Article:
Searching the literature can be done with online tools such as Pubmed, MANTIS, CINAHL, ICL or Internet Search Engines. Reference Libraries have the online tools in addition to ICL, CRAC, Books/Monographs and Journals. Once the literature search has been done, the evidence must be evaluated for methodological quality and based on the types of articles that were found, a critical appraisal should be applied. The outcome of the literature review determines if the investigator should continue his or her efforts. Validating evidence that provides a solid knowledge based indicates no further study is needed. If there is a lack of strong evidence, then new research is needed in the area of interest.
In 1979, a group of biomedical journal editors determined a need to standardize the format for articles and proposals in writing research reports called the Vancouver Style. The case report must also follow the guidelines, which can be found in the rear section of all indexed journals or online. As a learning tool, each section of the research article will be discussed using examples from the literature.
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The Vertebral Subluxation: A Reality-Based Debate
Anthony Rosner, PhD
Director of Research and Education
Foundation for Chiropractic Research and Education
Debates over the subluxation continue to plague the chiropractic profession both from within and without. The controvery is primarily due to the juxtaposition of those who believe that subluxations are an inviolate clinical entity with those who are cognizant of the incongruent and sometimes conflicting observations obtained clinically. The question has sometimes been raised as to whether chiropractic should define itself by the subluxation at all, or whether it should progress to other models fraught with less baggage.
A brief review of the experimental evidence relating to chiropractic subluxations reveals three distinct approaches [misalignments, aberrations of movement integrity, and changes in physiological functions]. Each perspective contains significant drawbacks; however, when taken in concert, they function as a three-legged stool in advancing our attempts to explain those instances in which chiropractic spinal manipulation is found to be efficacious and effective. Just as we have come to peaceful terms with what appear to be conflicting concepts in physics and chemistry, so we need to embrace the discordant notes sounded by what we have observed to date regarding chiropractic subluxations--taking care to neither reject nor adopt without question or qualification those models of subluxations which have thus far been presented.
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The Evidence Base for Subluxation-Centered Care: How to Take it to the Next Level
Ed Owens, Moderator
There exists a gulf between our basic science models of vertebral subluxation and the evidence base generated from clinical research. The clinical evidence is largely in the form of anecdotes, case studies and uncontrolled clinical trials. Randomized Clinical Trials (RCTs) are commonly used to explore the efficacy of chiropractic manipulation for a variety of complaints, but have not been applied well in a subluxation-centered setting. The challenge for this discussion is to develop a research strategy that will help elevate the evidence-base for subluxation-centered care. Do the basic assumptions of the RCT model fit in with a non-therapeutic practice goal? What level of clinical evidence do we need to satisfy our curiosity about the preventive or health enhancing properties of subluxation correction?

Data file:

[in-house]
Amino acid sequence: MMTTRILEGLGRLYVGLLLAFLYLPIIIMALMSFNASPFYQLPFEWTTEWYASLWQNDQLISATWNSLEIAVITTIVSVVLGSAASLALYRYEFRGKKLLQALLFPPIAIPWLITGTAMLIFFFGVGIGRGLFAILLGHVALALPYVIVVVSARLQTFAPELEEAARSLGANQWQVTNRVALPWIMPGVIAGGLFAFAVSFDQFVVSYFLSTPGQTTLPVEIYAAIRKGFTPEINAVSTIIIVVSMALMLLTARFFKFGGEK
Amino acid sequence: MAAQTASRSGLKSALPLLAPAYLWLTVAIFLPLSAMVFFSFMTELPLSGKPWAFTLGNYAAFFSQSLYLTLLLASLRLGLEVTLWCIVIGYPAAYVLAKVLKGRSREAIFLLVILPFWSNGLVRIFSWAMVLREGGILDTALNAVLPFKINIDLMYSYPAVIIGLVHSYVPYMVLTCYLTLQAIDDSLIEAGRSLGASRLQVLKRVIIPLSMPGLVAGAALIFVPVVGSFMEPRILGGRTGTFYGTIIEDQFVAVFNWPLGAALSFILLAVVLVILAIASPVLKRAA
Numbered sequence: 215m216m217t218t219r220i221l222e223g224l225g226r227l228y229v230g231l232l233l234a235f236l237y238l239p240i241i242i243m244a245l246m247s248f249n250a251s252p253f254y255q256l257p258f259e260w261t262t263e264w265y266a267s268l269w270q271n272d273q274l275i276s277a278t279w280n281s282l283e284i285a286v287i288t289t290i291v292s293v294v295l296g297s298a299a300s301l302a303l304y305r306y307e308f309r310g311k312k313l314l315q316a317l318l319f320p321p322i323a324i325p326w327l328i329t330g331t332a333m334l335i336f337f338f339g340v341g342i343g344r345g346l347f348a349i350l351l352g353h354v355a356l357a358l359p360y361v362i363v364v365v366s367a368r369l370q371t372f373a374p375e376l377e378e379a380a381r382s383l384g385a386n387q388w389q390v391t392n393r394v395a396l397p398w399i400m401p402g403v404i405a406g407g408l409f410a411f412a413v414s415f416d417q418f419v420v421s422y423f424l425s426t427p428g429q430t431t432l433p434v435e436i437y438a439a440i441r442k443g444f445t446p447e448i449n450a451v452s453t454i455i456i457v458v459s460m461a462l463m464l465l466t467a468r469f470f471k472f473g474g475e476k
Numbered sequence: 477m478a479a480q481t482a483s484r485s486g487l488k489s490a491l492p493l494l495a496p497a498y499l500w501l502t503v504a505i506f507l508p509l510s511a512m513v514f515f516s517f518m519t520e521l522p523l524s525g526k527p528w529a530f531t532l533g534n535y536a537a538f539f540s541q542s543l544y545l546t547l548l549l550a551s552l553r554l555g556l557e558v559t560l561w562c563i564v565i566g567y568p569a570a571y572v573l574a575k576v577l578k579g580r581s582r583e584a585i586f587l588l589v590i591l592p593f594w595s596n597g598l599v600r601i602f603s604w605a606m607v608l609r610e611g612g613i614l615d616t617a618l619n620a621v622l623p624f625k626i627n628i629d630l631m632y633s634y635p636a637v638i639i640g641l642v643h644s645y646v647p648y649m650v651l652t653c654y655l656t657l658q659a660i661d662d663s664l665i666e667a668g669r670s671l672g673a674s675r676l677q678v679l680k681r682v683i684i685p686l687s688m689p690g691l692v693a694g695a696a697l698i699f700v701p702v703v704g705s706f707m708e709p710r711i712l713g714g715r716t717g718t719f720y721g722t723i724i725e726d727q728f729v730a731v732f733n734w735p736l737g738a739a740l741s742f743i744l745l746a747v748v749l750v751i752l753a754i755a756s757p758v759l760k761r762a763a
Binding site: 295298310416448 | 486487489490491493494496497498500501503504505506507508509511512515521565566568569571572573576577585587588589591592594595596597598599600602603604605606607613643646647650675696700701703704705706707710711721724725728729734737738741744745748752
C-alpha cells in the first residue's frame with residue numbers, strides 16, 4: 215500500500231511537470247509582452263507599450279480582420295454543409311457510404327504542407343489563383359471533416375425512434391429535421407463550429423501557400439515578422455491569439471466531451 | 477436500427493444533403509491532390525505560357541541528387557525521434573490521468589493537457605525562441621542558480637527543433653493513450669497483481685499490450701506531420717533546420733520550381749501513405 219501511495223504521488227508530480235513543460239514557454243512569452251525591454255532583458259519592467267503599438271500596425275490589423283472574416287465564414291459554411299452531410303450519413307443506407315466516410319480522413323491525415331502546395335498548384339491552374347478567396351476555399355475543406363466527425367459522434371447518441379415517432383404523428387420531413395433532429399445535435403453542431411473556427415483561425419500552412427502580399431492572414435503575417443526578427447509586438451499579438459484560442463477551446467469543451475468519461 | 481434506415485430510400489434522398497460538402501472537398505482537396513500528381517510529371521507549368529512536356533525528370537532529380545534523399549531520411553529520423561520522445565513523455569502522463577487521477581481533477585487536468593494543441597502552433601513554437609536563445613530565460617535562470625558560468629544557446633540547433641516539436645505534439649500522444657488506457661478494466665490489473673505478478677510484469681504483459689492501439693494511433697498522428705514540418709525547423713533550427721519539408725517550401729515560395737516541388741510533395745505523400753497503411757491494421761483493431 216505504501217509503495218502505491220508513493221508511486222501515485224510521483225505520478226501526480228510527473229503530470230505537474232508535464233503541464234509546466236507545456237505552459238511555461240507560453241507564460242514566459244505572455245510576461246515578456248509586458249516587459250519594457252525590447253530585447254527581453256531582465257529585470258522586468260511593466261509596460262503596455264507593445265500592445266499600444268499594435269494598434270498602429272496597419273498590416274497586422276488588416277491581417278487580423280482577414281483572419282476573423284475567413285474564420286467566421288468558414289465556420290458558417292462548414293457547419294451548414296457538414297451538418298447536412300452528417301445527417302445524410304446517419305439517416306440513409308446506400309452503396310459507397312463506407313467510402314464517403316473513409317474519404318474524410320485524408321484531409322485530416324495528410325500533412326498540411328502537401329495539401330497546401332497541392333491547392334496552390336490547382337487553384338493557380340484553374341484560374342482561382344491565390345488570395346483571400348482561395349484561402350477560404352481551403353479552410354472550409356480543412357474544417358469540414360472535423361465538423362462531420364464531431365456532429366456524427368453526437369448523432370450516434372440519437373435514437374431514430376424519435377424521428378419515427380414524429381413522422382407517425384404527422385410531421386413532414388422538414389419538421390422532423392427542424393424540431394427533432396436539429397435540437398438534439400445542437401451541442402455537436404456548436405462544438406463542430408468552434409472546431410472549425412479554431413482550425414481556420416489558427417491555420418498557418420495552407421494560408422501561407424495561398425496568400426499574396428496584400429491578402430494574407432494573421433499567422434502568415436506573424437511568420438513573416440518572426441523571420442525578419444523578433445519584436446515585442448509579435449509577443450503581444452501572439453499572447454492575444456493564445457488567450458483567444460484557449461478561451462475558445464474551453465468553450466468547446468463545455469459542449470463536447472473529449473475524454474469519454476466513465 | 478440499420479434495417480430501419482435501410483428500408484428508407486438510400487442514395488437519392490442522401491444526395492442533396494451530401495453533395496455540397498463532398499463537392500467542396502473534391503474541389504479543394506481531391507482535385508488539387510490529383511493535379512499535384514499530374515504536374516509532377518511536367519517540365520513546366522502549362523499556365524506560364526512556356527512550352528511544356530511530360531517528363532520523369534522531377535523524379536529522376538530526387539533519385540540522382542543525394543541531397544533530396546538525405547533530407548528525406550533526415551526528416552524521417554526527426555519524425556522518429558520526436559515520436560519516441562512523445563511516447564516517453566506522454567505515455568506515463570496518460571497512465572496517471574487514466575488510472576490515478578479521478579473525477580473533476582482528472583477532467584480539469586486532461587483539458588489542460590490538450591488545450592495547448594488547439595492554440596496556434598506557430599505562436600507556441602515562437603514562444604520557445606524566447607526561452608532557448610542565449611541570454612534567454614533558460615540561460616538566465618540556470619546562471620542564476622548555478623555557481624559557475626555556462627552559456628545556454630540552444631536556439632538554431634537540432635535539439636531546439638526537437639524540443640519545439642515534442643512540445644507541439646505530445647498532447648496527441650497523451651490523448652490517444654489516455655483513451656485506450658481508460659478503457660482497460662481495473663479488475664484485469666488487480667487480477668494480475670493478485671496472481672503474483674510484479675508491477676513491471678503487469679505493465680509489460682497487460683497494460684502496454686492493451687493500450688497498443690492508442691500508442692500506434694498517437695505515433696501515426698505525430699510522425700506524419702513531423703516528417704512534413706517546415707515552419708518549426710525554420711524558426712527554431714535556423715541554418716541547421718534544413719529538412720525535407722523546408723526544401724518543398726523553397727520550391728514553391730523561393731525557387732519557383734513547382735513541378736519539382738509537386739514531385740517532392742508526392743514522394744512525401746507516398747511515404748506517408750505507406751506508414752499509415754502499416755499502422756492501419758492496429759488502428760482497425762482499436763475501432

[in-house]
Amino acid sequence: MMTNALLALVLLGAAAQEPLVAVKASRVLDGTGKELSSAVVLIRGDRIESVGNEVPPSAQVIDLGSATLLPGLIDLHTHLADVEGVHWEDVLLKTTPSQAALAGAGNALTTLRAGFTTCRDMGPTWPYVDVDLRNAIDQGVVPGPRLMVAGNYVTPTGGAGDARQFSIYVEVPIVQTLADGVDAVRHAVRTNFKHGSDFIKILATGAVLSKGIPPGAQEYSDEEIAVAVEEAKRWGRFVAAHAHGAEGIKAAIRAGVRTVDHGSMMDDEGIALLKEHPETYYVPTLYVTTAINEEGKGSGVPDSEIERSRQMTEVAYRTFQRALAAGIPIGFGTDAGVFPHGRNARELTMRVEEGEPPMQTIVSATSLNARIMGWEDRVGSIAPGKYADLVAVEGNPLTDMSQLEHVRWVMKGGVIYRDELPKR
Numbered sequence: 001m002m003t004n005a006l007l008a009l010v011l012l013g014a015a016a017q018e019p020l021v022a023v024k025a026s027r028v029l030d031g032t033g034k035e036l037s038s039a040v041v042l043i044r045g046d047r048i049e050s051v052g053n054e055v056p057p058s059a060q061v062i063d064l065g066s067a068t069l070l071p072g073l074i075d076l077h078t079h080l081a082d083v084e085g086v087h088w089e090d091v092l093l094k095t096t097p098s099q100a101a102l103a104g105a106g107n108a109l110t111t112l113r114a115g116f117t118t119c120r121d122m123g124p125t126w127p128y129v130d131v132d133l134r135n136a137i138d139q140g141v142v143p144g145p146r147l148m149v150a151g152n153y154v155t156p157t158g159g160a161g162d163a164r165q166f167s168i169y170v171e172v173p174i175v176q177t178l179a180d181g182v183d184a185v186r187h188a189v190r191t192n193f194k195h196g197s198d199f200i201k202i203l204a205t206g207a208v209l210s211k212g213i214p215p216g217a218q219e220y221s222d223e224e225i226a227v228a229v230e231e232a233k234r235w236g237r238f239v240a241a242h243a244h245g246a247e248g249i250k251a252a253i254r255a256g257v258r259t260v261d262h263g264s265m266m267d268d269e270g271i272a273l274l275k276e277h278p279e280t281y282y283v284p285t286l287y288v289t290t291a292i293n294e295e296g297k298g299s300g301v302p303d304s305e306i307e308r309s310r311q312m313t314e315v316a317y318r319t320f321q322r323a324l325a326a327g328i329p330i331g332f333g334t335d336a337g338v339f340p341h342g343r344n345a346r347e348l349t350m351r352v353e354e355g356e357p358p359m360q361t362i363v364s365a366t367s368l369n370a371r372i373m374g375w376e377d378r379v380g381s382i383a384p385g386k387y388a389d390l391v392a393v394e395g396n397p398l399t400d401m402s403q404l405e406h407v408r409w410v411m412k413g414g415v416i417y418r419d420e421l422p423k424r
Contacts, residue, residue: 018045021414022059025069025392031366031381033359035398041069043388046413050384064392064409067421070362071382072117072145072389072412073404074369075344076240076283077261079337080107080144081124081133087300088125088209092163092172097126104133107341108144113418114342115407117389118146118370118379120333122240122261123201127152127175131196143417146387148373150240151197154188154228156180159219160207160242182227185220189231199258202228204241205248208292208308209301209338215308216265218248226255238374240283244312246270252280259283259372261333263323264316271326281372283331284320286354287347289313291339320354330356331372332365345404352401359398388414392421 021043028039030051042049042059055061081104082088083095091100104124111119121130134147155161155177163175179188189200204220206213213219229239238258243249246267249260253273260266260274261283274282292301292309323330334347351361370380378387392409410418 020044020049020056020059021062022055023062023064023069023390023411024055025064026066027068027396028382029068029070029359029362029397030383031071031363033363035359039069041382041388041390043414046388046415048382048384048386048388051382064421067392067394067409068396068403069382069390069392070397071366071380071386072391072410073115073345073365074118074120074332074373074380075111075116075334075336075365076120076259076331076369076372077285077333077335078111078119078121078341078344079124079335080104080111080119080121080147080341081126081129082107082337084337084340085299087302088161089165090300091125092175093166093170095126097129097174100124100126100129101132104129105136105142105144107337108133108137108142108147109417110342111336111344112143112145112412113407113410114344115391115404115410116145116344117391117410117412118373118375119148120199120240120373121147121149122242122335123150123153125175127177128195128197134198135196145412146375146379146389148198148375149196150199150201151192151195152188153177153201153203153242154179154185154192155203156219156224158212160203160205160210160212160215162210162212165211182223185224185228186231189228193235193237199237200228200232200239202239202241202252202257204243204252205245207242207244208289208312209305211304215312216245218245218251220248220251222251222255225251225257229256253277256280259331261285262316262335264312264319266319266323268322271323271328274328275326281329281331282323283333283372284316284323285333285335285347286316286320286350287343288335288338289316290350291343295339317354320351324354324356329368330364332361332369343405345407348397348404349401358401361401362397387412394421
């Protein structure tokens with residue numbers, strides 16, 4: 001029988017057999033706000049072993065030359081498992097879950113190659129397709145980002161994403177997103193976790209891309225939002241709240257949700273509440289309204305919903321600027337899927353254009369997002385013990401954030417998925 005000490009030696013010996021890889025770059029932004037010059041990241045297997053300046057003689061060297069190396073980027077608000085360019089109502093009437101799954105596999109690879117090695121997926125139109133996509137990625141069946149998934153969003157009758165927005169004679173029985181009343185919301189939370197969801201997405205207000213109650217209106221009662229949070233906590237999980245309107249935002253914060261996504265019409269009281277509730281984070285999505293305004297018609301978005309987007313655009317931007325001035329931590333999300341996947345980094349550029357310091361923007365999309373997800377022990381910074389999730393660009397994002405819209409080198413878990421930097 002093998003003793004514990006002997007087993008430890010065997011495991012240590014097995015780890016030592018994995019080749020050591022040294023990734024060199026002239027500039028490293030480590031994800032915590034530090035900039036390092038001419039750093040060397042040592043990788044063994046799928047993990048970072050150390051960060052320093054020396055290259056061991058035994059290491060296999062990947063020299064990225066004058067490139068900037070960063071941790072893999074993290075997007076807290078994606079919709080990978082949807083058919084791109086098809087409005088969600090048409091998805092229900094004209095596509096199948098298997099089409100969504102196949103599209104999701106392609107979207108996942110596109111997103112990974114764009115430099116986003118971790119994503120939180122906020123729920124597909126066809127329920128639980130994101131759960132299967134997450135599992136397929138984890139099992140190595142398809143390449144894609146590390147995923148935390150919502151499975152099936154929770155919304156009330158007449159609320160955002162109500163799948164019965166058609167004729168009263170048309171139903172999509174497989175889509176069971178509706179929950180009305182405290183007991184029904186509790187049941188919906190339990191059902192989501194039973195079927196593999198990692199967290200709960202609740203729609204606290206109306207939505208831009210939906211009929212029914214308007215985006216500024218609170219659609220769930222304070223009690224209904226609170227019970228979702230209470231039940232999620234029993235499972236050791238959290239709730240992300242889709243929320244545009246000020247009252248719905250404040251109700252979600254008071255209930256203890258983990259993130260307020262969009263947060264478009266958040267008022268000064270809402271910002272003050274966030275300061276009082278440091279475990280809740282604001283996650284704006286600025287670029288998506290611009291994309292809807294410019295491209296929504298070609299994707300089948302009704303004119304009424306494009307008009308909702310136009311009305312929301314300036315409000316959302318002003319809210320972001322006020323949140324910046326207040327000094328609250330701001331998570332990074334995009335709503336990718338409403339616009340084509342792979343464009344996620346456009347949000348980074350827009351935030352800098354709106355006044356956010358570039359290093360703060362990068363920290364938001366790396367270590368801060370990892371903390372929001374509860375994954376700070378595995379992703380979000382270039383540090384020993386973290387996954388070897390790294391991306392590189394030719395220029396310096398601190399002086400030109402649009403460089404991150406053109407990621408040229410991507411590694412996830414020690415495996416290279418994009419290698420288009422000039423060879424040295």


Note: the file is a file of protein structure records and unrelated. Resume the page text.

These questions will be explored in an interactive format, with input from the audience as well as a group of distinguished researchers.
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Orthogonally-Based Upper Cervical Practice Survey Study
Objective: A study has not been conducted to define what it means to be an upper cervical chiropractic practitioner. The National Board of Chiropractic Examiners (NBCE) and the American Chiropractic Association (ACA) have already conducted these type of survey studies for the profession as a whole. These data will prove to be valuable in comparing this study's data with the NBCE's and ACA's. Objective information is needed to help define orthogonally-based upper cervical chiropractic; as opposed to outside sources doing this with subjective and/or politically-based methods.
Methods: A survey was produced which includes much of the same information from the above-mentioned studies, but it also includes questions specific to the qualities of an orthogonally-based upper cervical doctor and his/her practice. The survey is broken down into the following categories: Doctor Information, Office Environment, Types of Patients/Conditions, and Case Management. This survey was mailed or presented to ~500 upper cervical doctors. The techniques included the following: Grostic Procedure, Orthospinology, NUCCA, Atlas Orthogonality and SONAR.
Results: Data results will be reviewed which was obtained from ~100 completed upper cervical surveys.
Conclusion: This information will aid in determining if upper cervical patient case management is any different from the average chiropractor. This data will be a stand-alone project, but it will also be used in many future research studies.
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Bone Mineral Density changes following Upper Cervical Care
Robert Kessinger, DC
Dessislava Boneva, DC
P Bruce White, DC